Leaving the hospital

The strings hummed softly, and I froze, too scared to move.  My sister shrugged, letting her hand fall away from the guitar, and placed the instrument on the bed next to DeeDee.

“Seems like it’s in tune at least,” she said.  “What’s the matter with you, you look like you thought I was going to explode, or something.”

How do you tell your sister that the last time you saw the instrument she’s just strummed played a room full of people were rendered unconscious and had their ears stolen, and that you’re pretty certain the instrument is demonic; or possibly even worse, that the instrument is almost certainly responsible for the release of a different kind of demon, and that you’re just a little worried that it might bring it back.  I couldn’t find an answer, so I settled for,

“I thought the guitar might break.  I think it’s quite old, and... and... and well, broken strings can cut quite badly.”

She looked at me as though she thought I were having a stroke.

“Are you quite alright?” she said.  “Because I thought I’d be the one sounding weird after sitting here for the last week, pretty much by myself.”

Neither of us saw DeeDee’s hand move, but it must have done, because the strings sounded again, and this time it was an odd growl like an effects pedal were being used.  The whole room seemed to shake, but nothing moved; the daffodils stayed in their vase, the chart at the end of the bed didn’t fall from its little pin, no dust fell from the ceiling.  Nonetheless, I was sure that the entire room had just shuddered around me, and equally sure that it was because of the guitar.

“DeeDee?”  My sister’s voice was rising with hope, and we both looked at the bed.  DeeDee’s eyes were opening, her head was turning, and her hand was moving possessively across the body of the guitar.  For a moment I wished that the lighting was different so I could what the tattoo designs on the guitar were doing, and then my rational mind took over and assured me that I really, really didn’t.

“DeeDee!”

“Mom?”

 

I left after half an hour; first nurses were summoned, then they called doctors and soon the room was filled with people whose job it was to work out why DeeDee was now awake and how to take credit for it.  The guitar was next to DeeDee’s bed and I’d been strongly forbidden from trying to get it back by my sister, who pointed out that it had not only healed her daughter, but also that her daughter seemed very attached to it.

“She’s not going back into a coma because you want your toy back,” she said firmly.  “Buy another guitar.  I’ll pay for it if I have to.”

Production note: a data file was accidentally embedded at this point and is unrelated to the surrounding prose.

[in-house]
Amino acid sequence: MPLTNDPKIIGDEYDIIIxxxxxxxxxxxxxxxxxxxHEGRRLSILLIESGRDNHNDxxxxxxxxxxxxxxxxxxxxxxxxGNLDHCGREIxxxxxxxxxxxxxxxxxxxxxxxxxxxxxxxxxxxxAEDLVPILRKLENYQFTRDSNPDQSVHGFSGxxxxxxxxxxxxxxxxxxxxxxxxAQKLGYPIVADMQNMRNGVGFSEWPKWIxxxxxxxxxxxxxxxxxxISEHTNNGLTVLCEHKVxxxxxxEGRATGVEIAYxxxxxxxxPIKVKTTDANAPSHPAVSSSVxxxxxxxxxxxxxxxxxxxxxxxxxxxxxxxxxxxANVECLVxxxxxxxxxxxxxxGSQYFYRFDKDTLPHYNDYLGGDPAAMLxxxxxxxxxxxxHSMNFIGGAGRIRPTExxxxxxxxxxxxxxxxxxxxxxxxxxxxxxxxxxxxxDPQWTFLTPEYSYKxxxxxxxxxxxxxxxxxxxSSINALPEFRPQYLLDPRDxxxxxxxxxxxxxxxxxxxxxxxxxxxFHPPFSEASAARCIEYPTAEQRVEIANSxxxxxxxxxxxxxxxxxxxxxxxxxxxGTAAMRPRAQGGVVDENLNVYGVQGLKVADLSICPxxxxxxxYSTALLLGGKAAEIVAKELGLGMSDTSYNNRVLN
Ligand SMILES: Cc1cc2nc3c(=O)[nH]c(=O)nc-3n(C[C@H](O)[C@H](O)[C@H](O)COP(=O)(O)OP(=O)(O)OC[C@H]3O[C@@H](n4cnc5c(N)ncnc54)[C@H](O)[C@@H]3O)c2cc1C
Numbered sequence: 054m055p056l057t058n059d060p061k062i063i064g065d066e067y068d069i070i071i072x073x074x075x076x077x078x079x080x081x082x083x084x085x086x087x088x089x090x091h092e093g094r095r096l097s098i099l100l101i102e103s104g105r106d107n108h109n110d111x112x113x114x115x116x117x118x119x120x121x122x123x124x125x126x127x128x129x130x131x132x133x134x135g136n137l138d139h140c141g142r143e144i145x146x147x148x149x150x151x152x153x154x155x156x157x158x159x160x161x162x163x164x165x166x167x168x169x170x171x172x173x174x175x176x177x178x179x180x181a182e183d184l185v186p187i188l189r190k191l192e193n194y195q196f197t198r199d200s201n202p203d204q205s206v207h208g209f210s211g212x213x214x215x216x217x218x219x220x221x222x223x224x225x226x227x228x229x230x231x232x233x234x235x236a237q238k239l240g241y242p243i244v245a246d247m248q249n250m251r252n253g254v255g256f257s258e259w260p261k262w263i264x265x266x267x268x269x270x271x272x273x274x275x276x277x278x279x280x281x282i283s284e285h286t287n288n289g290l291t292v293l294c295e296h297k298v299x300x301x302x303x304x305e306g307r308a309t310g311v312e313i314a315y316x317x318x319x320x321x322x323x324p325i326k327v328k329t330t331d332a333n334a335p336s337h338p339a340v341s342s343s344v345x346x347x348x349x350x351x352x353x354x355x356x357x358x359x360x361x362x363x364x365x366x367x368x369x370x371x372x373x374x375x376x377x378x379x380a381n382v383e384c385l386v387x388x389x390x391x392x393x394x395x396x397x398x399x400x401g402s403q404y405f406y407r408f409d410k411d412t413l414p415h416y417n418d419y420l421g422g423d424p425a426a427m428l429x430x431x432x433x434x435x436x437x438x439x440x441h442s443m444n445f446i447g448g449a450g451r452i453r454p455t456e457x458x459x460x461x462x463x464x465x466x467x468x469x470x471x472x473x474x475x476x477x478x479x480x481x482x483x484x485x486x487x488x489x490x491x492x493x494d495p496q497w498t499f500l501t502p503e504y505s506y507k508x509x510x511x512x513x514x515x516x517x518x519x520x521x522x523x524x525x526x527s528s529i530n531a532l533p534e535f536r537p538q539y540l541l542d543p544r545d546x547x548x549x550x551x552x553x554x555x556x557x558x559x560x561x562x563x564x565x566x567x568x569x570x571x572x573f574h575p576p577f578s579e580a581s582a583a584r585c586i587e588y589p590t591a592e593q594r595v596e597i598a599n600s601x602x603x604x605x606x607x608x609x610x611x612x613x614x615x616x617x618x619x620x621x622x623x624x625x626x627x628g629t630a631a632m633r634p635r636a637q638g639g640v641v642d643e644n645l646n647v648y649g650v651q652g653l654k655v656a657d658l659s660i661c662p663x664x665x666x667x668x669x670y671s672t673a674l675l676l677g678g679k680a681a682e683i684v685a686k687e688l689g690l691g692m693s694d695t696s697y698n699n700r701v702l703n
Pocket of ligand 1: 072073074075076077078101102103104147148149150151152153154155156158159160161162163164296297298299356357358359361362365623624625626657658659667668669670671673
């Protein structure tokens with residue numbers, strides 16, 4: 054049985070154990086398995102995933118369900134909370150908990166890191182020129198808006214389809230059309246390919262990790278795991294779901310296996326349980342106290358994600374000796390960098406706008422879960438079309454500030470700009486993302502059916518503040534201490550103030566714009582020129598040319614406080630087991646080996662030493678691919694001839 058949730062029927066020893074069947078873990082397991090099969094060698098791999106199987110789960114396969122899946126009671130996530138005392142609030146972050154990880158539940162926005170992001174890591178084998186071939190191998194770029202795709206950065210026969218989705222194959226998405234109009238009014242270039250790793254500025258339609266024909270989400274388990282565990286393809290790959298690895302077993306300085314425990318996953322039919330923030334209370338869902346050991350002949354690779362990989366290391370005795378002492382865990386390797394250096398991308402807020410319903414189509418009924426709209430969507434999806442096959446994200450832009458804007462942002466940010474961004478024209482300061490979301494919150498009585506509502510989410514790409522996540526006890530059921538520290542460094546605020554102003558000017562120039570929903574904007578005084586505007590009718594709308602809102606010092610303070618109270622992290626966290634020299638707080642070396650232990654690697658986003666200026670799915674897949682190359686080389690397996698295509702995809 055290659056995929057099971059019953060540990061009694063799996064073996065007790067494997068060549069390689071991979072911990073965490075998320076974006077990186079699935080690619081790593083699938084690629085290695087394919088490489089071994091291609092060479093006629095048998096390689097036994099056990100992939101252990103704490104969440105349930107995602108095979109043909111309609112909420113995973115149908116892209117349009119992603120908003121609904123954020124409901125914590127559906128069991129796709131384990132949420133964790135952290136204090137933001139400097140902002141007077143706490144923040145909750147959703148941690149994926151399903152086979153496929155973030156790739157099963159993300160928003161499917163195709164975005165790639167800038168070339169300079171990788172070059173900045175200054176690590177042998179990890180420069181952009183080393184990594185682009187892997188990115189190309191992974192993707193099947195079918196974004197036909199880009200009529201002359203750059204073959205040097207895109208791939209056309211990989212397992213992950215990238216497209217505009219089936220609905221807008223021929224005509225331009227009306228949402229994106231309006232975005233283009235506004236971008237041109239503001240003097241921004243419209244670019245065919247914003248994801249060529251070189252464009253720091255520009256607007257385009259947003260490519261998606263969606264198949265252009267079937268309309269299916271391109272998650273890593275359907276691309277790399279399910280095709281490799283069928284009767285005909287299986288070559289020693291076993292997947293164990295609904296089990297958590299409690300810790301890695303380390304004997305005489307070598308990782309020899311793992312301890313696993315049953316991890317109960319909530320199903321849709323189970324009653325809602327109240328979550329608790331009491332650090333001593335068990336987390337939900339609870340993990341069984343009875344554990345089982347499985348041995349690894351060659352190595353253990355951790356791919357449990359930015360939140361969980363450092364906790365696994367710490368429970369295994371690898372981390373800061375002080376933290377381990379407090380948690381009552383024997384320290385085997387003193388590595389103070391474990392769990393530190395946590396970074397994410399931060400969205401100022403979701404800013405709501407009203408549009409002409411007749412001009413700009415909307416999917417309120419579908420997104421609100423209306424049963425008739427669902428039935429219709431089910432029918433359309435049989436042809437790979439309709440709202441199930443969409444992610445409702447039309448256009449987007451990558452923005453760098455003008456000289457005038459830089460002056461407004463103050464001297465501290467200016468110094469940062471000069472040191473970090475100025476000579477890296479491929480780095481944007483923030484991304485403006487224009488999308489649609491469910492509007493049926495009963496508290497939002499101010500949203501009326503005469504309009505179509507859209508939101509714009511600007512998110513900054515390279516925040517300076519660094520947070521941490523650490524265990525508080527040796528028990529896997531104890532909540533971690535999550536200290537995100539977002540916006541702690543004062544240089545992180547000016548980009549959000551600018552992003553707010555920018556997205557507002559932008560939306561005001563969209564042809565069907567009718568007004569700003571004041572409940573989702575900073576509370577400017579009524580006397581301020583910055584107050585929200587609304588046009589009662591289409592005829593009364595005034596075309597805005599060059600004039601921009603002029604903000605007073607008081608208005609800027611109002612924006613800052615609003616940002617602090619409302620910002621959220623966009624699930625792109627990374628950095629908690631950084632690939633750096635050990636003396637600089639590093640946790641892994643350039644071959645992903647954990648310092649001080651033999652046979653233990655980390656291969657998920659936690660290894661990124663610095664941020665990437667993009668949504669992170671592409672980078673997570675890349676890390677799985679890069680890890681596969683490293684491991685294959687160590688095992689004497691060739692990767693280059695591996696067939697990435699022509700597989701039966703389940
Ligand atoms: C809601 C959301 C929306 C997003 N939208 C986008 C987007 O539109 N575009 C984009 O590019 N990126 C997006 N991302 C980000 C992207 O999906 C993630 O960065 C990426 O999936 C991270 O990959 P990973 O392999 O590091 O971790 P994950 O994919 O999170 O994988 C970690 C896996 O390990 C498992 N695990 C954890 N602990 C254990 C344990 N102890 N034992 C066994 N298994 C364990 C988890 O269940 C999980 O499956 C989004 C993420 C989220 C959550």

“I’ll come by tomorrow and see how you both are,” I said finally, accepting that I was going to have to leave a dangerous occult tool in the hands of a fourteen year old girl.

“They’ll have let us go home by then, come by the house.  Who knows, I might even bake a cake!”  For a moment I saw my sister there again, underneath the stress of the last week, pulling herself together and becoming the strong, determined woman that I’d always known, and it almost made up for the worries I now had about DeeDee and her guitar.  Almost.

The bus ride home was tedious, with frequent stops for road-works.  Every time I looked out of the window I found myself looking at people’s faces, checking for missing eyes, missing ears and missing noses.  The warmth of the bus and the vibration from the engine every time we idled at another temporary set of traffic lights made me sleepy, and

I jerked awake.  I was standing up, but I was bent over.  I hadn’t gone to bed like this was my first thought, and then I realised I must have been sleepwalking.  I’d heard that periods of prolonged stress could cause odd behaviours, maybe it was just that.  Then Guldtronen grunted beneath me, and I realised that I must be standing over his bed.

I backed away, bumping into the coffee table and spilling the hotel’s welcome brochures over the floor.  Now I knew where I was I put out my hand and felt for the curtains, pulling one of them aside. Light came in, and I could see Guldtronen in his bed, lying on his back looking for all the world like he was dead.  My chest tightened, and then I remembered that I’d just heard him grunt; he had to be alive still.  Something tickled the palm of my hand, and so I looked at it.  Guldtronen’s ear was fixed somehow in the middle of my palms, just as his eyes had been fixed in the Ilmatu’s palms after she’d stolen his sight from him.  I looked at my other hand: there was his other ear.  Somewhere on the edge of hearing, in a place too close to be as far away as it was, I heard a throaty, feminine chuckle.  I started screaming, falling to my knees and staring at my hands, and Guldtronen sat bolt upright in his bed, his hands clapped over the sides of his heads where his ears used to be, screaming just as loudly.

I jerked awake.  I was two stops past where I’d wanted to get off, so I pushed past the people standing and rang the bell frantically until the driver pulled over and let me out.  I walked back home, feeling the sweat cool on my face, my palms itching uncomfortably.  When at last I came in, I went straight for the kitchen and the kettle to make coffee, and stopped in the doorway.  On the table was a pile of human ears.

The End

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